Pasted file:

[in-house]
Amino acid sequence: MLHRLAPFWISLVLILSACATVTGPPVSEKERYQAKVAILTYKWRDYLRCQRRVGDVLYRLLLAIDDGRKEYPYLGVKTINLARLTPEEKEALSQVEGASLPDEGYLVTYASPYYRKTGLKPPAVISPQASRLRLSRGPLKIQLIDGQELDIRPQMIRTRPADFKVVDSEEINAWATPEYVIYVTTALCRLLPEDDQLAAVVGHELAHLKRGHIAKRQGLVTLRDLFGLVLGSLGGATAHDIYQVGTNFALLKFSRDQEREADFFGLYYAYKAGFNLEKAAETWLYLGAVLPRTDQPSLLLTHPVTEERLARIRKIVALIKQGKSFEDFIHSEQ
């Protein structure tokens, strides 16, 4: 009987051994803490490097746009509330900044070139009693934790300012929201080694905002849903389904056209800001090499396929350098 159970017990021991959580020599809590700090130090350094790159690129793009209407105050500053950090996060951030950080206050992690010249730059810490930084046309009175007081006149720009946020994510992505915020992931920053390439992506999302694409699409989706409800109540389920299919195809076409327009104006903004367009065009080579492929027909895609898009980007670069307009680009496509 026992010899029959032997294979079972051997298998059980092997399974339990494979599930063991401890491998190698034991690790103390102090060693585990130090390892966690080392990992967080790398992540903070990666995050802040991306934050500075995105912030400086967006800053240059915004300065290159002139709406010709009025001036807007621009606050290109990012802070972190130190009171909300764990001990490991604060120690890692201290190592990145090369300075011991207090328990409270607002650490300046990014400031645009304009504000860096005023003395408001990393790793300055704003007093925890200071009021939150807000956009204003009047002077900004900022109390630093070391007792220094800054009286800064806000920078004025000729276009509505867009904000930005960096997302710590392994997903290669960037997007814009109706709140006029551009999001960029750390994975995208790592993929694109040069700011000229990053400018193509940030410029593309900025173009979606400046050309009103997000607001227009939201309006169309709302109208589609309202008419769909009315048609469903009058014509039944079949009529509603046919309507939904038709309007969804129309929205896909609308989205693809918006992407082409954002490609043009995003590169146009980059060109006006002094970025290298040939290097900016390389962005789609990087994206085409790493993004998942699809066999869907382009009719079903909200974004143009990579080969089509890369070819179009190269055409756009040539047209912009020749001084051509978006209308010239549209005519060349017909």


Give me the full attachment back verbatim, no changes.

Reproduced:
[in-house]
Amino acid sequence: MLHRLAPFWISLVLILSACATVTGPPVSEKERYQAKVAILTYKWRDYLRCQRRVGDVLYRLLLAIDDGRKEYPYLGVKTINLARLTPEEKEALSQVEGASLPDEGYLVTYASPYYRKTGLKPPAVISPQASRLRLSRGPLKIQLIDGQELDIRPQMIRTRPADFKVVDSEEINAWATPEYVIYVTTALCRLLPEDDQLAAVVGHELAHLKRGHIAKRQGLVTLRDLFGLVLGSLGGATAHDIYQVGTNFALLKFSRDQEREADFFGLYYAYKAGFNLEKAAETWLYLGAVLPRTDQPSLLLTHPVTEERLARIRKIVALIKQGKSFEDFIHSEQ
């Protein structure tokens, strides 16, 4: 009987051994803490490097746009509330900044070139009693934790300012929201080694905002849903389904056209800001090499396929350098 159970017990021991959580020599809590700090130090350094790159690129793009209407105050500053950090996060951030950080206050992690010249730059810490930084046309009175007081006149720009946020994510992505915020992931920053390439992506999302694409699409989706409800109540389920299919195809076409327009104006903004367009065009080579492929027909895609898009980007670069307009680009496509 026992010899029959032997294979079972051997298998059980092997399974339990494979599930063991401890491998190698034991690790103390102090060693585990130090390892966690080392990992967080790398992540903070990666995050802040991306934050500075995105912030400086967006800053240059915004300065290159002139709406010709009025001036807007621009606050290109990012802070972190130190009171909300764990001990490991604060120690890692201290190592990145090369300075011991207090328990409270607002650490300046990014400031645009304009504000860096005023003395408001990393790793300055704003007093925890200071009021939150807000956009204003009047002077900004900022109390630093070391007792220094800054009286800064806000920078004025000729276009509505867009904000930005960096997302710590392994997903290669960037997007814009109706709140006029551009999001960029750390994975995208790592993929694109040069700011000229990053400018193509940030410029593309900025173009979606400046050309009103997000607001227009939201309006169309709302109208589609309202008419769909009315048609469903009058014509039944079949009529509603046919309507939904038709309007969804129309929205896909609308989205693809918006992407082409954002490609043009995003590169146009980059060109006006002094970025290298040939290097900016390389962005789609990087994206085409790493993004998942699809066999869907382009009719079903909200974004143009990579080969089509890369070819179009190269055409756009040539047209912009020749001084051509978006209308010239549209005519060349017909």